National Survey Finds Rheumatoid Arthritis Severely Impacts Quality of Life

National Survey Finds Rheumatoid Arthritis Severely Impacts Quality of Life

Health Union conducted a national survey of patients with rheumatoid arthritis (RA) and found that the condition has a severe impact on employment, quality of life and capacity of affordable treatment. RA is an autoimmune disorder that causes pain, inflammation in the joints, swelling and stiffness. Worldwide, the condition affects 1% of the population. Results from the survey indicate that 94% of patients with RA reported that the condition disrupted their daily routines, and 67% noted that they do not comprehend the full scope of their symptom severity.

“Many people do not know rheumatoid arthritis is a progressive, autoimmune disease and not the result of aging and wear on the body, like osteoarthritis the most common form of arthritis,” said in a recent news release Andrew Lumpe, PhD, a patient with RA and a regular contributor to RheumatoidArthritis.net. “Treatment can help slow the damage, but rheumatoid arthritis frequently alters the lives of both patients and their families.”

Results from the study indicate that 37% of the patients are working full time and from these, 72% mentioned their work become affected because of the condition due to pain (84%), fatigue (92%) and physical limitation (50%). Because of these complaints, patients reported to have reduced their working hours, indicating that they needed help with routine activities, including cleaning (75%) and other home duties (52%). 41% said that a caregiver is involved in helping with the management of the condition.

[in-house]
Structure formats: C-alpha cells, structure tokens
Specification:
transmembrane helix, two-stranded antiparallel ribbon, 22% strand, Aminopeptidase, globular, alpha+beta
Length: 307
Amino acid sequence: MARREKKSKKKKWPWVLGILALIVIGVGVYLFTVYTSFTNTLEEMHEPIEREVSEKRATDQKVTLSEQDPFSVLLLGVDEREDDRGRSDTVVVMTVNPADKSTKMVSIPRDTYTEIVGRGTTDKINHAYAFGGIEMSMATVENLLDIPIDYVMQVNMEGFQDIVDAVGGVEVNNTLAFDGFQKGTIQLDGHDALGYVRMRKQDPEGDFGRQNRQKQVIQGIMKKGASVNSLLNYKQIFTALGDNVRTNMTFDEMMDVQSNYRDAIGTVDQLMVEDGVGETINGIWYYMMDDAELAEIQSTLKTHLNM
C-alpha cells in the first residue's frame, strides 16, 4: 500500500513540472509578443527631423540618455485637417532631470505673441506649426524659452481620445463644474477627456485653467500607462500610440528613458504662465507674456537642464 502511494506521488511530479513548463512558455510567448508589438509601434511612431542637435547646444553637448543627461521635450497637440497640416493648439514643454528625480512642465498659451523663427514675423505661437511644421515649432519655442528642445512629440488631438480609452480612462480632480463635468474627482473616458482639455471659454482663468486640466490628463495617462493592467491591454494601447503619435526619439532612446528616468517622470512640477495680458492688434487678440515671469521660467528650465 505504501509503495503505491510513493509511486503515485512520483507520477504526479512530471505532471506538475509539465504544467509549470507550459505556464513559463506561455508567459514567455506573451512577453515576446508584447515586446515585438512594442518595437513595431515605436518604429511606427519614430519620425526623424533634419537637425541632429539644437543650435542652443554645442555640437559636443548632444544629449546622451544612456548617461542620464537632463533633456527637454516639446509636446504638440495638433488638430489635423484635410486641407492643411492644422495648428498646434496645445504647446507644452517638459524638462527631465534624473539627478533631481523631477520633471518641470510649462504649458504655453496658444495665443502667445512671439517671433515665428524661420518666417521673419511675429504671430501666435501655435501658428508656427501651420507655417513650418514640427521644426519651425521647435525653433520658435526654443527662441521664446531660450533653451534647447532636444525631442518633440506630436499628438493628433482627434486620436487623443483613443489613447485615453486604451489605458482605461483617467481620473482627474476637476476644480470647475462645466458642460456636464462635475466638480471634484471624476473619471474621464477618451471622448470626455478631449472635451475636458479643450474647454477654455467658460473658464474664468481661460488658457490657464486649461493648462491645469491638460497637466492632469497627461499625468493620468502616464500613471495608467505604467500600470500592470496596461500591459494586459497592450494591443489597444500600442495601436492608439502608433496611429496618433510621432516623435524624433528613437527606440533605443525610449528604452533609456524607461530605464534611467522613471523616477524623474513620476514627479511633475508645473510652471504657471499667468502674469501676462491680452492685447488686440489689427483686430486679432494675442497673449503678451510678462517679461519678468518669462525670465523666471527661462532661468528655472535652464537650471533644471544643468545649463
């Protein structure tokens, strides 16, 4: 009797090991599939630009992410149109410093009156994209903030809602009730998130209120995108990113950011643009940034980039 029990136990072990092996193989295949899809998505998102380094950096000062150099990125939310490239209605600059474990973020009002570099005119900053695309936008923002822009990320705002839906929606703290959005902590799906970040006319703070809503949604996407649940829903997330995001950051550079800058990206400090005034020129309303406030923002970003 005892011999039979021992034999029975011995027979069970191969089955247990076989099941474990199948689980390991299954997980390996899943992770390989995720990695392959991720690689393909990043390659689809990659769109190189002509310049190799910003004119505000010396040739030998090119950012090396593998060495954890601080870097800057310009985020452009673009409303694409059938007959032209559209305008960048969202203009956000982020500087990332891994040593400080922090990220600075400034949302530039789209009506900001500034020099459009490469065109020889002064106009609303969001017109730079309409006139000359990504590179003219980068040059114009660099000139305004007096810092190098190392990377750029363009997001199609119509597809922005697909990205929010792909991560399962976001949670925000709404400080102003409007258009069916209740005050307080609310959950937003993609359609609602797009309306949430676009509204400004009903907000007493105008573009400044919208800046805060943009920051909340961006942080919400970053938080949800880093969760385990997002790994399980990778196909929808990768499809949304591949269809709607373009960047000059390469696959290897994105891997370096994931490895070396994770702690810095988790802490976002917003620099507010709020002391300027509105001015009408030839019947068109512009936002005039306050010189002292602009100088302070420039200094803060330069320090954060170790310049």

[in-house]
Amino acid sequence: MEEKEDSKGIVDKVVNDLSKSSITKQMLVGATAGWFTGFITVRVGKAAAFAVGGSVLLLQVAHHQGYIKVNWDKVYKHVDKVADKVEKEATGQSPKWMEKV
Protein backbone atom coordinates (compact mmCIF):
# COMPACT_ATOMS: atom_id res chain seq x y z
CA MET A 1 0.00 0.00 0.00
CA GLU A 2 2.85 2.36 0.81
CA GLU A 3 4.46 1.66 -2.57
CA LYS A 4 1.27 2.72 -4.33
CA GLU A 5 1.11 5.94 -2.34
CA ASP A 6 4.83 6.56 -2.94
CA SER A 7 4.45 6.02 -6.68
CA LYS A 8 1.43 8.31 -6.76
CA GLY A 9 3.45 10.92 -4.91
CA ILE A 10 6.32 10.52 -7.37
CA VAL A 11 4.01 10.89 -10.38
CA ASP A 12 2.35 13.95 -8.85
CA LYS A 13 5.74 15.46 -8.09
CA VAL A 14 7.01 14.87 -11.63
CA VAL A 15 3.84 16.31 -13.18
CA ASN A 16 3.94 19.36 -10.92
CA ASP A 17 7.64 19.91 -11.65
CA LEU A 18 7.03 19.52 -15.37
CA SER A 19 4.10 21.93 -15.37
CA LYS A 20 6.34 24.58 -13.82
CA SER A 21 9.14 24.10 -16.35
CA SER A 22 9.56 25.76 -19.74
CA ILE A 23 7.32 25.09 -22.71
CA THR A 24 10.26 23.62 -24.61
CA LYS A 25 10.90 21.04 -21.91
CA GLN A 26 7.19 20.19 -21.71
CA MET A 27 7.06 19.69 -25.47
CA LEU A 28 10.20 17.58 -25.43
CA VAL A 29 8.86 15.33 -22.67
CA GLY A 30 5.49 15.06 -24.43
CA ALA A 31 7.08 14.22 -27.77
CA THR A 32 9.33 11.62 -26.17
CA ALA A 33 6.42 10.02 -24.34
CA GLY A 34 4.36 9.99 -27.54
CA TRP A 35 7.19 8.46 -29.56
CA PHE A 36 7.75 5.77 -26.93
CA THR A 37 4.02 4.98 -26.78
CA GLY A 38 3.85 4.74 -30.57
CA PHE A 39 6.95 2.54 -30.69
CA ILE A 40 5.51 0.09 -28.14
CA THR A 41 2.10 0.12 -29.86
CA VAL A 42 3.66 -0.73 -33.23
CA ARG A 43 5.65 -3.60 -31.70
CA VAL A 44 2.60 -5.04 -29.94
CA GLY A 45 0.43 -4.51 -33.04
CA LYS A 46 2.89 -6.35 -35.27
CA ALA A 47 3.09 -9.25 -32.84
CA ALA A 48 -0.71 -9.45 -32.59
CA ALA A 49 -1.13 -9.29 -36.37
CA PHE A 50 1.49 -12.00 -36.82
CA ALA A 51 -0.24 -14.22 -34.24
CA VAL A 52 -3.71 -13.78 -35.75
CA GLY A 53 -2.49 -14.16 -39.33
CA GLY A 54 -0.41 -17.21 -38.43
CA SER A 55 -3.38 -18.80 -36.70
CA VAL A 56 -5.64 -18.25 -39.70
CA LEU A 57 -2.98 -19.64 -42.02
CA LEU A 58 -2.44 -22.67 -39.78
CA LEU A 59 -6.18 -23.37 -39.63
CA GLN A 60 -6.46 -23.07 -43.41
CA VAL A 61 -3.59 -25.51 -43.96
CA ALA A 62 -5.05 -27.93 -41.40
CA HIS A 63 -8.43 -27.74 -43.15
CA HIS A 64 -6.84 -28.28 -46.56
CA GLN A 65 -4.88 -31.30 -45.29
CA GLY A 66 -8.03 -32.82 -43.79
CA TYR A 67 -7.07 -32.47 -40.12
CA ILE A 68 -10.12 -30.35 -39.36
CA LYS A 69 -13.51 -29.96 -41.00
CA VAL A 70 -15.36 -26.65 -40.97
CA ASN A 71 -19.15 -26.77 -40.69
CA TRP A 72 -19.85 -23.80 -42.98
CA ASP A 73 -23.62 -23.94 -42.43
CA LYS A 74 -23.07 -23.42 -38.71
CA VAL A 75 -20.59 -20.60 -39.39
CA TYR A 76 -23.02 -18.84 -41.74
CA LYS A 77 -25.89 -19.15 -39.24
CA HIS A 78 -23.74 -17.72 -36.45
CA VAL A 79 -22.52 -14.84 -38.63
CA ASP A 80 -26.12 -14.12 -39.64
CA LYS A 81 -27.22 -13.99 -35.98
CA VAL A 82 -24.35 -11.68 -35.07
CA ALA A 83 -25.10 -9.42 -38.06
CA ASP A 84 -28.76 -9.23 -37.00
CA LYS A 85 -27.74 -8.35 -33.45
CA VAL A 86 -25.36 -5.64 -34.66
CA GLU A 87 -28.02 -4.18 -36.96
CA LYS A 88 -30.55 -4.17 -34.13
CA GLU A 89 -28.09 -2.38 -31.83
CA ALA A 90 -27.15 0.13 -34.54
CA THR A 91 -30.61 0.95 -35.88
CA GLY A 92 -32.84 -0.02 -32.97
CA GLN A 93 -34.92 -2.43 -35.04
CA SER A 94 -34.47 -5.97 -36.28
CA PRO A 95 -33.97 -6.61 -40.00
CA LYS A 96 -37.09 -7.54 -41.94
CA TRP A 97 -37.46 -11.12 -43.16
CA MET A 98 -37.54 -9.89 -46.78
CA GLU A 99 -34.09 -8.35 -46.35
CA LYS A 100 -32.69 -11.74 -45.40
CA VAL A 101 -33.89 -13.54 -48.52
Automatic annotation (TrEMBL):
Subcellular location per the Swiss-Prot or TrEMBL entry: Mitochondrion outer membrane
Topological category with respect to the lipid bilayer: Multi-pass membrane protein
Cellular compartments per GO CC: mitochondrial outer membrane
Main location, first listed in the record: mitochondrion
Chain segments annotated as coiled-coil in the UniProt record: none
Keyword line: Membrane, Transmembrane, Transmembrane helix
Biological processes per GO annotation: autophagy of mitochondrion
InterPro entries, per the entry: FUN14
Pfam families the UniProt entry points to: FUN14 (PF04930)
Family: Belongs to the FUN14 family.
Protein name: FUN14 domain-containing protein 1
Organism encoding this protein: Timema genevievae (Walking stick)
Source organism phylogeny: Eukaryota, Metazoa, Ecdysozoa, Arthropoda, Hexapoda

Nearly half of the patients that took part in the survey said they were satisfied with the clinical management of their condition, while 21% of the patients mentioned dissatisfaction with their treatments. The majority of satisfied patients were receiving treatment with biologics. From those patients in RA remission, 74% said that remission occurred following treatment with medication.

Results from the survey also indicated that 38% of the patients avoid medication due to the high cost, while 30% mentioned they have spent about $2,000 on treatments during the previous 12 months. A total of 41% of the patients participating in the survey received manufacturer-sponsored financial assistance programs for medication, with the grand majority of patients (87%) saying they were satisfied, while the main reason that patients gave for not participating in these kinds of programs was their lack of knowledge.

“The affordability of effective rheumatoid arthritis treatments is a serious concern,” said Mariah Leach, an RA patient and contributor to RheumatoidArthritis.net. “When you consider the burden this disease places on patients in terms of quality of life and employment, it is clear that supporting these individuals with treatment options can yield many benefits.”

“Surveys like RA In America can help us better understand the challenges and how to meet the needs of people living with serious chronic conditions,” said Tim Armand, president and co-founder of Health Union. “Health care providers and caregivers can adjust treatment and supports with a more vivid picture of the patient experience.”

A total of 3,561 Americans with an RA diagnosis took part in the survey, which was conducted online in the fall of 2014.

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